Coronavirus to mean both bust and boom for unregulated investments

Last year I counted over £1 billion in losses from unregulated investments marketed in the UK that went bust in 2019.

And the scary thing is that this was without a global financial crash.

Some unregulated investments hilariously put the blame on Brexit despite their assets being outside the UK – which meant Brexit should have made it easier to repay their Sterling-denominated debts with their overseas earnings.

The sad reality is that one of the consequences of coronavirus is likely to be a spate of further collapses in the unregulated investment world, as new investment dries up and already-shaky schemes exploit Covid as the perfect excuse to shutter their windows and disappear with what’s left.

The only question is whether 2019 was already the storm or just the canary in the coalmine.

It is also possible we may see schemes play for time by suspending withdrawals but dangling the carrot of future resumption. With the courts currently paralysed by lockdown, it will take a while for any disgruntled investors to enforce their debt (which always takes a long time anyway).

And while coronavirus may sound the death knell for old schemes, it will also be the starting gun for the next wave. Life goes on and there will still be a steady stream of inexperienced investors with windfalls to invest – such as pension lump sums, inheritances, and insurance payouts.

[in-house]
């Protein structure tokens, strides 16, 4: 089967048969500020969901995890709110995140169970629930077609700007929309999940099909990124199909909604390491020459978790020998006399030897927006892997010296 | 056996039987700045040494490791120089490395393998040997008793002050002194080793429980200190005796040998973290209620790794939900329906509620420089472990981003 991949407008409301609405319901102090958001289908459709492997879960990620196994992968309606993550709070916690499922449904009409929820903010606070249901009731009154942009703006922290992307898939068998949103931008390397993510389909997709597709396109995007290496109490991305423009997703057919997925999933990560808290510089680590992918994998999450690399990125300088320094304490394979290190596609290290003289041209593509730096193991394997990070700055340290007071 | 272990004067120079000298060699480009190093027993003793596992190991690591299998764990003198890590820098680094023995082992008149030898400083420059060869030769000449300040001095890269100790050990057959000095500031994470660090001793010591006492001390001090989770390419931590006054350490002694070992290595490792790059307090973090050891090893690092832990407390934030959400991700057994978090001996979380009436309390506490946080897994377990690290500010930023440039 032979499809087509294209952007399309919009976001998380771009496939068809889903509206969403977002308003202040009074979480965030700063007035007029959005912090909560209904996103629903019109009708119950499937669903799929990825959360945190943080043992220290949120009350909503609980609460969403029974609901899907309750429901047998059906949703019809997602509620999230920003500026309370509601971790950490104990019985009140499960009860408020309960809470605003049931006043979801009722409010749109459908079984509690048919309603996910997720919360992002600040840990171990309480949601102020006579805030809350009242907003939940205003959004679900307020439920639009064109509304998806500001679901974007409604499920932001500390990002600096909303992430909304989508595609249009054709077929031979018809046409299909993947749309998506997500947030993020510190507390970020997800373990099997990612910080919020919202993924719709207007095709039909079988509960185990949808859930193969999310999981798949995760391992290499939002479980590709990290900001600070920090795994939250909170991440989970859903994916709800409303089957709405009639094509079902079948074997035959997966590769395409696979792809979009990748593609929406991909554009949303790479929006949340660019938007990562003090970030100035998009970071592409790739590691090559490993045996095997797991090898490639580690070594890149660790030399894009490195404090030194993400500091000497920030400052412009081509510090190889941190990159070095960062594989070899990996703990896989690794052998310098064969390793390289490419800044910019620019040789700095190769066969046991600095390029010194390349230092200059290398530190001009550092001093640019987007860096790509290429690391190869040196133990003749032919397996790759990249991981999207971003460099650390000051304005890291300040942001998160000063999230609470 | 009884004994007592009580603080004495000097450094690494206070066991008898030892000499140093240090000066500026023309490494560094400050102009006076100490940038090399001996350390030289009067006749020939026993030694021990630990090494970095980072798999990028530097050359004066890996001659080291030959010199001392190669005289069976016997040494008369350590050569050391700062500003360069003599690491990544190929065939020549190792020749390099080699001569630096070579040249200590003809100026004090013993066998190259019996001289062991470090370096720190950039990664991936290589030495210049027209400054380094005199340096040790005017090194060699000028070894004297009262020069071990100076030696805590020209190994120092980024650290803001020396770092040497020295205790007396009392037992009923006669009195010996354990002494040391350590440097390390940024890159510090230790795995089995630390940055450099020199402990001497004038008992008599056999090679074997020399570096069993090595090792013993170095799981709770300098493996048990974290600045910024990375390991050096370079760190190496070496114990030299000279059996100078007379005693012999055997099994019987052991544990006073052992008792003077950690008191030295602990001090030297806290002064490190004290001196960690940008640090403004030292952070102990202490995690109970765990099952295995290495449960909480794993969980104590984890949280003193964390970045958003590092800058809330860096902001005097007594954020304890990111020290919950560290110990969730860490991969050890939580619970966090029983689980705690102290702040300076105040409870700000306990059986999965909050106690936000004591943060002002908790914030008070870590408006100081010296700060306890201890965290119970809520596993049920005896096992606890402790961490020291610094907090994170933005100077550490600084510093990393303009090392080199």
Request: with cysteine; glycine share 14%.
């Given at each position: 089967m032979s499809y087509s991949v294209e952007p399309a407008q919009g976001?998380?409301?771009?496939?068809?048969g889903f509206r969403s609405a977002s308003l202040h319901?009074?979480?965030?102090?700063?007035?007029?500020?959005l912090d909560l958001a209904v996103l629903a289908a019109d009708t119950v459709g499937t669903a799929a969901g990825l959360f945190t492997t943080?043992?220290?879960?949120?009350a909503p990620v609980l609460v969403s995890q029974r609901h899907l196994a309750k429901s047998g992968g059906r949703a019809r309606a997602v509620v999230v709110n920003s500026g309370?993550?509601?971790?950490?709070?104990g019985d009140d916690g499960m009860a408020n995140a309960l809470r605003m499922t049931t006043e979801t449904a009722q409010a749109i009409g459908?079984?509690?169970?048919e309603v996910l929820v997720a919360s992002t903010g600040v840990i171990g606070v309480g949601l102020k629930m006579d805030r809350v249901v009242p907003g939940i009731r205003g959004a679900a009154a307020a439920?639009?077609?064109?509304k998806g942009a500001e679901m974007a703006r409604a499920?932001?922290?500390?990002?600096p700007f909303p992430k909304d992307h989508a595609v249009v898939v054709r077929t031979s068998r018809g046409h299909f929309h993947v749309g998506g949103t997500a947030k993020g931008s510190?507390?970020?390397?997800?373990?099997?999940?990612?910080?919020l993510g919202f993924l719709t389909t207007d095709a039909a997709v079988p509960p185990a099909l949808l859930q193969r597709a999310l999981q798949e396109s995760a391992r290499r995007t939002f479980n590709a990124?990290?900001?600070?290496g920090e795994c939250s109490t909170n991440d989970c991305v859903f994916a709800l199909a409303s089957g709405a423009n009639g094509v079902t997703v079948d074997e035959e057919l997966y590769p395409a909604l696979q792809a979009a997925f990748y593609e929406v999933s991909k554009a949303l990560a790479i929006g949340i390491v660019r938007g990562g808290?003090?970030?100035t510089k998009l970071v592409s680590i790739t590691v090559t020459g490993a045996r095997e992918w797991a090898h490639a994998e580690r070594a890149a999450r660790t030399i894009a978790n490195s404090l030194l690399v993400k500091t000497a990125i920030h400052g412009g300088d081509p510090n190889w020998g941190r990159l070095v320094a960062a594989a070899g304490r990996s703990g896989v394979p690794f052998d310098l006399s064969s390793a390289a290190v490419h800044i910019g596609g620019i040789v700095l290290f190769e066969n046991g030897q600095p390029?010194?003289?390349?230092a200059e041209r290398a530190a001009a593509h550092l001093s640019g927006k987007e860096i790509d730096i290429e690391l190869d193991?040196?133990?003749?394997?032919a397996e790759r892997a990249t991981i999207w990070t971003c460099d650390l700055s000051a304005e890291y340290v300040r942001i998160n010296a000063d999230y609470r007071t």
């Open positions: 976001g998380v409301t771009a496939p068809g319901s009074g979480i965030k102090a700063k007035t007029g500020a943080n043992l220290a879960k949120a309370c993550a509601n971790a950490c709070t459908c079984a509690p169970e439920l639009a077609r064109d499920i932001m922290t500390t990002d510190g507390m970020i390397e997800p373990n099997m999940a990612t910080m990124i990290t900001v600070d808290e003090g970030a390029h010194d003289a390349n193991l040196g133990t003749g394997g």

They are currently being told by all and sundry – including the mainstream media – that mainstream investments are scary and lost hundreds of billions during the corona crash (losses that don’t actually exist except for people foolish or imprudent enough to cash in at the bottom of the market). There will also be those who cashed in their pensions or investments in the stampede, and are now looking for some kind of magic solution to recover their self-inflicted losses. They are all being lined up for the wolves.

The only question left is to see what people come up with as the new magic “coronavirus-proof” “assured” “uncorrelated to the stockmarket” that delivers 8% per year, year in year out. In the early 2010s it was carbon credits, in the mid-2010s it was property development, in the Roaring Twenties it will be… answers on a postcard, or a Google ad.